Jerome Powell to Rest of the World: Drop Dead

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Ouch. If Americans were expecting inflation to peak this summer, the US consumer price inflation report for August dashed those hopes. But it will be a double grandfather for almost anyone who doesn’t reside in the world’s largest economy. That’s because the US Federal Reserve and its Chairman Jerome Powell will now feel justified in taking even bigger steps with interest rates to curb inflation.

Unfortunately, the cure may be worse than the disease. If the Fed raises rates with a vengeance, the effects will be felt outside of its domestic purview: parts of the global economy will collapse. The global slowdown will in turn affect US growth. We then head headlong into the realm of unintended consequences.

American investors will still have no incentive to move away from American assets – and that will deprive the rest of the world of capital. Bank of America’s latest global survey of fund managers, released on Tuesday, shows the largest underweight in global equities in its history. If you’re a professional investment strategist, you won’t be fired if you stick to dollar assets or just dollar cash. Difficult to see what will change this state of mind.

It is extremely difficult for other economies and markets to compete when all roads lead to a stronger dollar. This omnipotence is destroying many currencies around the world, as the Fed’s rapid interest rate increases force faster and faster flights to quality.

Take Japan. The yen is at its lowest since 1990 with a weakening of more than 25% against the dollar last year. The country has seen its export-driven economic advantage over American rent collapse due to the need to import most of its energy and pay for it in dollars. The Bank of Japan was forced to strengthen its defense of the currency. Active intervention is now a distinct possibility, likely funding it through the sale of its reserves of US Treasuries.

For a long time, the BOJ was the only major central bank happy to pursue inflation as the path to growth for its stagnant economy. He is finally seeing drawdowns above his 2% target. At the same time, it maintained an iron fist in its bond market to keep interest rates low, often negative. However, it cannot do both of these things and keep its currency from plummeting. There are limits to how fast it can drop the yen. And this will have repercussions on the Chinese yuan, the Korean won and the Taiwanese dollar. Another bout of dollar strength – fueled by another Fed rate hike – could blow up the BOJ’s strategy and upset the rest of Asia.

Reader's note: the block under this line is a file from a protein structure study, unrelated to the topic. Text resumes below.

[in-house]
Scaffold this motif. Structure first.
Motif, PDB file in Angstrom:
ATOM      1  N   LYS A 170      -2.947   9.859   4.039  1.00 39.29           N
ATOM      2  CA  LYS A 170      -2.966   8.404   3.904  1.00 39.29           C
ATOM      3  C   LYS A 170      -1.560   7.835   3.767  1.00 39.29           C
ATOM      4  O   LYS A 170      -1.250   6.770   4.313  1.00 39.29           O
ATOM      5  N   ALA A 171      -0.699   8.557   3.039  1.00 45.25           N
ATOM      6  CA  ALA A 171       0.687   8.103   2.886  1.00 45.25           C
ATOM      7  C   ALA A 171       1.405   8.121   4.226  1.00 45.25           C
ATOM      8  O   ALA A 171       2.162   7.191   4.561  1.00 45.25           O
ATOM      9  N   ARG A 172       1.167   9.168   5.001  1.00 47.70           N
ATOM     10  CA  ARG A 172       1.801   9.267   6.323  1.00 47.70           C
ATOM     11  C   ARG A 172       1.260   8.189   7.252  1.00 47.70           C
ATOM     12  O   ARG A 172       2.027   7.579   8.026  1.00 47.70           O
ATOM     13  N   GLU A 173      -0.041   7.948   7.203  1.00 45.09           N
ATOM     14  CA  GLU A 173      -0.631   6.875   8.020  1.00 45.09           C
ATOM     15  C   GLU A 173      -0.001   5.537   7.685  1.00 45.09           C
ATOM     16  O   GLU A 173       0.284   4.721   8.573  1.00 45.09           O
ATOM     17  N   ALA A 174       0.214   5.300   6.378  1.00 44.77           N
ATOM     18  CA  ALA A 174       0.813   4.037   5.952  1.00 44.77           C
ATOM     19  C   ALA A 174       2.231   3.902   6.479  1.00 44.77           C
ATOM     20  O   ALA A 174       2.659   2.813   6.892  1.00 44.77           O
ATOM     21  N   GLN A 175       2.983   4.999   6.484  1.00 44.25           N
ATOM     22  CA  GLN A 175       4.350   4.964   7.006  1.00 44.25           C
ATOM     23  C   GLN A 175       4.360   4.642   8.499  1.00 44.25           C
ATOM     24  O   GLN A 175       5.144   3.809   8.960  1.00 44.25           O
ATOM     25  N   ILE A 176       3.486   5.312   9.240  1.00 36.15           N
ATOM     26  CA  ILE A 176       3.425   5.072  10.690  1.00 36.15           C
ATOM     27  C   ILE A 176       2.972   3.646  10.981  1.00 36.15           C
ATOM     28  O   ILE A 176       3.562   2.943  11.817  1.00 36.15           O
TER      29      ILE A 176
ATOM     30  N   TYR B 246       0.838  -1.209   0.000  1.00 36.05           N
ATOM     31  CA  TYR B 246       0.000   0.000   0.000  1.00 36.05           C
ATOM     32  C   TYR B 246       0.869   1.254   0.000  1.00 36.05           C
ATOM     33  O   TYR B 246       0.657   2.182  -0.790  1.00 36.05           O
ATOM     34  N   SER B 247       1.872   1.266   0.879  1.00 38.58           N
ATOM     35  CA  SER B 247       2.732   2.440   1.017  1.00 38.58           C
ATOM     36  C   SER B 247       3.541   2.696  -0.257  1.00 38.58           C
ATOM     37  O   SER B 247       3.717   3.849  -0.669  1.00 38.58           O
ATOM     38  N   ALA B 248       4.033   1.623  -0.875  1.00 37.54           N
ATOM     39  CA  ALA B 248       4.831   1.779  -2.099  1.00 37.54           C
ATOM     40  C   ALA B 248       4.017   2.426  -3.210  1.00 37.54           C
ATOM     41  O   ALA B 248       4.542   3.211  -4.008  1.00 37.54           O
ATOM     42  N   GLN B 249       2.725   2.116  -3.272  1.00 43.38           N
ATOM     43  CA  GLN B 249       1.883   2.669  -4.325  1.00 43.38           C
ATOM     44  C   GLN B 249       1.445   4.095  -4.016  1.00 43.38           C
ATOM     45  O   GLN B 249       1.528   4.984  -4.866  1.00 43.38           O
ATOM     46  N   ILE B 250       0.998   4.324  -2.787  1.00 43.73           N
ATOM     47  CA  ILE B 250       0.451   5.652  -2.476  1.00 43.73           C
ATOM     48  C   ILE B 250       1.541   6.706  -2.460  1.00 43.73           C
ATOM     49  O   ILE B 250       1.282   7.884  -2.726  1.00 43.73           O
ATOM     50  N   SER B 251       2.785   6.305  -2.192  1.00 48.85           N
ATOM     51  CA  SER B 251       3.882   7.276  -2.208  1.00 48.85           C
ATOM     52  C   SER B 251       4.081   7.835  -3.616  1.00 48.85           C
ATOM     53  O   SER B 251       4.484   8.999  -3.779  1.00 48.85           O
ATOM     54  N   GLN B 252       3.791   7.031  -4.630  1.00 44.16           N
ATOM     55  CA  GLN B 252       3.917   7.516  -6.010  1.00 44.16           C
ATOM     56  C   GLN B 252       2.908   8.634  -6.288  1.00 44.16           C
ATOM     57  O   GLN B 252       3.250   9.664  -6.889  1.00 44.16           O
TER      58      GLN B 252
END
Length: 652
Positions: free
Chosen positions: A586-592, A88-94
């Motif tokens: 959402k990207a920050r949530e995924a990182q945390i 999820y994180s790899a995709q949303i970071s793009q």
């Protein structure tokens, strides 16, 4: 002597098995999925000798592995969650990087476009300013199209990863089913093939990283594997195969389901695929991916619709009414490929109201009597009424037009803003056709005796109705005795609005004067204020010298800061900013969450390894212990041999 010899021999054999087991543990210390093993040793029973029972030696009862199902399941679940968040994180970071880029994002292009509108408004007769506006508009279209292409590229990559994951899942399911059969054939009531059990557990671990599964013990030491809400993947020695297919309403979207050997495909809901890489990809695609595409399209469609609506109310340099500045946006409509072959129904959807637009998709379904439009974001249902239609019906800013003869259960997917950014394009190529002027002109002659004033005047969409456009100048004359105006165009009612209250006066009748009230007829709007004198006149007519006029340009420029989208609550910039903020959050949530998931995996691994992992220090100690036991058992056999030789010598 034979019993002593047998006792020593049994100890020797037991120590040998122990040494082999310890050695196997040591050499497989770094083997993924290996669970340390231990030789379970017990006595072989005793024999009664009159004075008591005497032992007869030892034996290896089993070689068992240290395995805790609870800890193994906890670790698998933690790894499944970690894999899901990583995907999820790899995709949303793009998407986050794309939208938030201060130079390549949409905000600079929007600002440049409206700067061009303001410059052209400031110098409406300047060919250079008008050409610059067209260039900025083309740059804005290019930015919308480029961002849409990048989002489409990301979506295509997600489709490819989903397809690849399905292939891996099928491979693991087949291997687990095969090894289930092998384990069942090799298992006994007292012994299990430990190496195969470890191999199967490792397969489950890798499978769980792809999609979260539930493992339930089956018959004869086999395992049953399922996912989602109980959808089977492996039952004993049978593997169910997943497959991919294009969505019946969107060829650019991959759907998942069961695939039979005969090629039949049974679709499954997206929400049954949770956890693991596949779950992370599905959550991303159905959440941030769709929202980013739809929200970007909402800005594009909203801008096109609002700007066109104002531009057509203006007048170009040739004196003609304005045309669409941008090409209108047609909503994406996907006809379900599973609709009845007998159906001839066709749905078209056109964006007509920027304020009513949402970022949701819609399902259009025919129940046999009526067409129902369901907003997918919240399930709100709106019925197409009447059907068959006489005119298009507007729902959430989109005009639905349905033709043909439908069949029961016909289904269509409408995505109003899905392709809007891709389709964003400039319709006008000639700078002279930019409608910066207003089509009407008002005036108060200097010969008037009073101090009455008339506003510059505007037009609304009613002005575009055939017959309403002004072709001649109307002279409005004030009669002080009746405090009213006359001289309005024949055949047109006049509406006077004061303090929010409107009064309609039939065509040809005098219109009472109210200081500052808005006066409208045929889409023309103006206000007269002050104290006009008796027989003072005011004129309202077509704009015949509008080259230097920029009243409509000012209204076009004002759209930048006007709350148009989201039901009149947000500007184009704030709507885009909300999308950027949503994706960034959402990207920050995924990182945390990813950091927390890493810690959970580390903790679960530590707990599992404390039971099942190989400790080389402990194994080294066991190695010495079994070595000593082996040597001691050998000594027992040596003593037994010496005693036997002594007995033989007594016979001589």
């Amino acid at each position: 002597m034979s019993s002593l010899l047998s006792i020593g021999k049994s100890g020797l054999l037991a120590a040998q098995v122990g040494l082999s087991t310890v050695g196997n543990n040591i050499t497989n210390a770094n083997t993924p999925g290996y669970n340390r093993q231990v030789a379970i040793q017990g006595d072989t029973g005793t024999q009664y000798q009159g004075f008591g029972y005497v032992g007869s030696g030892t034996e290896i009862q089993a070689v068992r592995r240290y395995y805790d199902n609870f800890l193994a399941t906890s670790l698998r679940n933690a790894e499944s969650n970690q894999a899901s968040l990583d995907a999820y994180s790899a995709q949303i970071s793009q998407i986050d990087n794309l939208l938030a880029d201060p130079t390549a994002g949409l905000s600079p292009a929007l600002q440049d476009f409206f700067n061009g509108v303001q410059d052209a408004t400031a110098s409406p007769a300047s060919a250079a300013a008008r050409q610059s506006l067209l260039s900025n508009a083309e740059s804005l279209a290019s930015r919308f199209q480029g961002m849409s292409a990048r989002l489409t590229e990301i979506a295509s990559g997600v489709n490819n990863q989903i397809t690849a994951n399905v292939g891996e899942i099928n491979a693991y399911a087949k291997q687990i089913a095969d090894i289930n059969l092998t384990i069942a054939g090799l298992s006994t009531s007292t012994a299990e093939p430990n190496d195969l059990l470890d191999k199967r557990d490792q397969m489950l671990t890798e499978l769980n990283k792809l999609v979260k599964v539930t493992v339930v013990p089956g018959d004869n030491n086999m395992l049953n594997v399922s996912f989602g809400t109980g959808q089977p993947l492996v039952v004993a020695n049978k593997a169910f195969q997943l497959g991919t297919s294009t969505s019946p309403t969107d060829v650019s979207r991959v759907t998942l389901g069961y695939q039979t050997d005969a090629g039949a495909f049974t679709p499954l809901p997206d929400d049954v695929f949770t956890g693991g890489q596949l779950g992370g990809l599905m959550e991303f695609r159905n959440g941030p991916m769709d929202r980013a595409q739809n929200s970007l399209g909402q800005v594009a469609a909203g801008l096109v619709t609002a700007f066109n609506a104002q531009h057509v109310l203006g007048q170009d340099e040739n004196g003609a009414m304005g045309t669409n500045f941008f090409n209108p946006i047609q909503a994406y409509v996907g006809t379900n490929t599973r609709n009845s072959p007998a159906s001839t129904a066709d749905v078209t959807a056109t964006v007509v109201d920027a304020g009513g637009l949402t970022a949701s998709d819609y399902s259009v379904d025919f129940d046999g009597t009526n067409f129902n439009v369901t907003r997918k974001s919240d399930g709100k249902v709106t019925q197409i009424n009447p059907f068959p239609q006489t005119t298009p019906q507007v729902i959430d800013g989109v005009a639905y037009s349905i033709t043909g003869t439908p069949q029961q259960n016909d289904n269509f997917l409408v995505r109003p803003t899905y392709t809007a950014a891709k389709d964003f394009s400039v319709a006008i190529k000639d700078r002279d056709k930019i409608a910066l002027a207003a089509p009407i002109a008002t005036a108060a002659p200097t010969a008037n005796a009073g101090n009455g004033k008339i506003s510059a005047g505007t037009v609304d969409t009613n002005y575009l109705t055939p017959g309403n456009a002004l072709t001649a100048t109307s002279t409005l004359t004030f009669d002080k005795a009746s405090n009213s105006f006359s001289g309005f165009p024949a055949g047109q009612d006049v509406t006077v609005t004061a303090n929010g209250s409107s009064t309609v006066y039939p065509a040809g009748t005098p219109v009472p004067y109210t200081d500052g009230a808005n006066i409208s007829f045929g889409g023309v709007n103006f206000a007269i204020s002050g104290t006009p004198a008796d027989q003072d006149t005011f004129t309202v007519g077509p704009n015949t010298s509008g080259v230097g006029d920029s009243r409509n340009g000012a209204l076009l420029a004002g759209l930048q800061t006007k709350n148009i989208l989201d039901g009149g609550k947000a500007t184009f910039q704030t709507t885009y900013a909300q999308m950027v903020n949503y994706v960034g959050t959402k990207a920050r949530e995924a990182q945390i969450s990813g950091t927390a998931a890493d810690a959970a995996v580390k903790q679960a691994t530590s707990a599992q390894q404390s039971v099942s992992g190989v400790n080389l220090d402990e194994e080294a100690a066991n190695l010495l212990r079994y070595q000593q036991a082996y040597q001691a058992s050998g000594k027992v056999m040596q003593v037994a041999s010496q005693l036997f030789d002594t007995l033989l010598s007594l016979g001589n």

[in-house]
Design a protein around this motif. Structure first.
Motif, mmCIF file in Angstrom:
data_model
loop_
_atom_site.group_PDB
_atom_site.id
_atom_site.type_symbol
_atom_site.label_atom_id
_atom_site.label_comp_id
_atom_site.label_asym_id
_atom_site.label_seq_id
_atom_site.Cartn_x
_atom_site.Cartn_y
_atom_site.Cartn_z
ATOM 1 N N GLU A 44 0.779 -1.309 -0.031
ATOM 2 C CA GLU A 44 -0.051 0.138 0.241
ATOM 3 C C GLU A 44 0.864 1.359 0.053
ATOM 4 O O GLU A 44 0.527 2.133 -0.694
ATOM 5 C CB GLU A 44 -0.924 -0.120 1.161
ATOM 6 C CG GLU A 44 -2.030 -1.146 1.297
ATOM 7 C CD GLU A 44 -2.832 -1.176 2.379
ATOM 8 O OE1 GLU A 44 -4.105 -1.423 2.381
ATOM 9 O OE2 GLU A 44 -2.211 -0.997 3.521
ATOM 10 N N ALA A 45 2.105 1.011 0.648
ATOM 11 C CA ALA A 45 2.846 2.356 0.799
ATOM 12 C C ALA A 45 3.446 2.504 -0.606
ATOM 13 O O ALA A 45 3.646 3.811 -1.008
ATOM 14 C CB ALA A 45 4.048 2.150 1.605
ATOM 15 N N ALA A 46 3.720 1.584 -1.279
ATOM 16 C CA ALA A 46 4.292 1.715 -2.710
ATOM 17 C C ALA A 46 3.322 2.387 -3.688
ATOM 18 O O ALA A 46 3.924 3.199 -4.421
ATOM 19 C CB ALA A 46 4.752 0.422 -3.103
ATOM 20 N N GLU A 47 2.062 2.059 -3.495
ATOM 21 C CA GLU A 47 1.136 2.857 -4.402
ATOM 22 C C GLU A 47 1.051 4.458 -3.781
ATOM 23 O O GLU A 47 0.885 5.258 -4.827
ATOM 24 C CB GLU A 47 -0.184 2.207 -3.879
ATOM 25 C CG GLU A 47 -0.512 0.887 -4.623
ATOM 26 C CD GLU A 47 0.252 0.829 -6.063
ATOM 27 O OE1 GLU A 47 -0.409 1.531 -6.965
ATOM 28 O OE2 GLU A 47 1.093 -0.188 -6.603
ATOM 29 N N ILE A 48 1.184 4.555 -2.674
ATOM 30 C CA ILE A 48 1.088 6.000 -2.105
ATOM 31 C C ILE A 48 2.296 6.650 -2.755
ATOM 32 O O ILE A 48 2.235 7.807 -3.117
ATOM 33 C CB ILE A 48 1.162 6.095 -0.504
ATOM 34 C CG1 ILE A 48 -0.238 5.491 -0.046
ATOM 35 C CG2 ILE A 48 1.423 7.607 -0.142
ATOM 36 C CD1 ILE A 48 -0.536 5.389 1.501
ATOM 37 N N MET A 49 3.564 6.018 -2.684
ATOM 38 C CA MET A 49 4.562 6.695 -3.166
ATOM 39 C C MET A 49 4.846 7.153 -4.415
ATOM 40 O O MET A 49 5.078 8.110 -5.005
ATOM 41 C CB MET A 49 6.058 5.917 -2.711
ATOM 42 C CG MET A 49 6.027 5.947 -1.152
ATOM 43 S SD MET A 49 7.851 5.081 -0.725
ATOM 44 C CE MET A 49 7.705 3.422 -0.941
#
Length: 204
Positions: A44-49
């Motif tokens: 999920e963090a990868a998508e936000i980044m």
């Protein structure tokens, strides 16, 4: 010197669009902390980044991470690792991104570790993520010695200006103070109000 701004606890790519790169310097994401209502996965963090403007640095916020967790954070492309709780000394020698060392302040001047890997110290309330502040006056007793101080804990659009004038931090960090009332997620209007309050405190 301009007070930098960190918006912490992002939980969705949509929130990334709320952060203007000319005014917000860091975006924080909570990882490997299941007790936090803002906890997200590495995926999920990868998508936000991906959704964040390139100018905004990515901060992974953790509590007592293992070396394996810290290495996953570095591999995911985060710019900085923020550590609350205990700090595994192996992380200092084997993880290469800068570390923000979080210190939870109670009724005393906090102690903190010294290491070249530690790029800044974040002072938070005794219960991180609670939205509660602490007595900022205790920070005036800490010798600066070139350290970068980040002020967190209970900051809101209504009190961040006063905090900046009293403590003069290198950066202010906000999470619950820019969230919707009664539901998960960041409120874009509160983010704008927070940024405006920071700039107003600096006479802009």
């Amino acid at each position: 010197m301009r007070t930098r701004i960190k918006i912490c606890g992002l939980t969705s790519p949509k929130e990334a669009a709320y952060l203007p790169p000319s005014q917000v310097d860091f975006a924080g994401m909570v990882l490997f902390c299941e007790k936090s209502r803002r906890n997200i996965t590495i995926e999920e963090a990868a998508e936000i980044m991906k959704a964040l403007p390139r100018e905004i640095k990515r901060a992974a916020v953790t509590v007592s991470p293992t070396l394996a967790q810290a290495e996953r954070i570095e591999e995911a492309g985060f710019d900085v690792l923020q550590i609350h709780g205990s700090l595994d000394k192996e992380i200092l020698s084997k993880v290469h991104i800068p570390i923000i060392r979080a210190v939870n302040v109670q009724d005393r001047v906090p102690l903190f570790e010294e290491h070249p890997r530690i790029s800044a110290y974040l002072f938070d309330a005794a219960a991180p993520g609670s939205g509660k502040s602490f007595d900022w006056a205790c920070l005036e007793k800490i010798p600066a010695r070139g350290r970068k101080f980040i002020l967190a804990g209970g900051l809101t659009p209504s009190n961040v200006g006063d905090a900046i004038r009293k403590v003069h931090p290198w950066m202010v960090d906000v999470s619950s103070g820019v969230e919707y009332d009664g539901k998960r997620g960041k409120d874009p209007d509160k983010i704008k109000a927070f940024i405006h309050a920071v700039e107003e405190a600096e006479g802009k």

China will feel entitled to react in kind to an unwanted drop in its currency. Normally it keeps it carefully under control, but it has had to let the yuan weaken by more than 10% against the dollar over the past six months. Even the world’s second currency cannot withstand the American inflationary tide.

On the other side of Eurasia, the euro and the pound have been clashing on the downside against the dollar since the spring of last year. Already paralyzed by all the spending to get out of the pandemic, Europe is now caught in the crosshairs of the energy crisis due to its dependence on Russian natural gas. Growth is evaporating before our eyes, with the UK stagnant all year and parts of the European Union sliding into recession. Deutsche Bank AG analysts expect the German economy to contract by up to 4% next year.

Like the Fed, the European Central Bank and the Bank of England are considering not only giant rate hikes as a rule, but also a reduction in banking system liquidity and the cancellation of government bond purchases. quantitative easing – all at once.

Give up hope to all who enter here.

It will happen because we have basically allowed the Fed to set interest rates for the whole world. But Fed Chairman Powell and his compatriots are hampered by myopia: all they can see is the overstretched US labor market. The resulting monetary arms race risks becoming catastrophic.

The truth is that not all economies need ever-higher borrowing costs to stifle demand; much of global inflation is supply-driven. And the world has fundamentally changed since Covid hit in 2020 and dramatically set back globalization. Yet the reaction of the Fed and other central banks remains unchanged.

The shutdown and restart of the global economy requires greater flexibility than that offered by the blunt instrument of interest rates. It is a good thing to wean financial markets and asset prices from repeated rounds of quantitative easing. But the denouement is something the Fed failed to do right – twice.

Why do central banks persist in trying to bring vast economies on top of a 2% inflation target when that is no longer feasible or desirable? Surely it’s time for a flexible range rather than a specific number. While headline inflation is expected to fall sharply next year anyway due to base effects, returning the world to much lower underlying inflation – excluding food and energy – will come at a huge economic cost.

Eventually, Fed actions will come back to bite it and the United States. By then, all the trillions of dollars of stimulus work done during the pandemic will have been unwound. What a phenomenal waste of time, money and effort.

More from this writer and others on Bloomberg Opinion:

• Jackson Hole should be a mea culpa for central bankers: Marcus Ashworth

• Inflation is terrible, horrible, not good, very bad day: John Authers

• The rate shock to come will be different but no less severe: Daniel Moss

This column does not necessarily reflect the opinion of the Editorial Board or of Bloomberg LP and its owners.

Marcus Ashworth is a Bloomberg Opinion columnist covering European markets. Previously, he was Chief Market Strategist for Haitong Securities in London.

More stories like this are available at bloomberg.com/opinion

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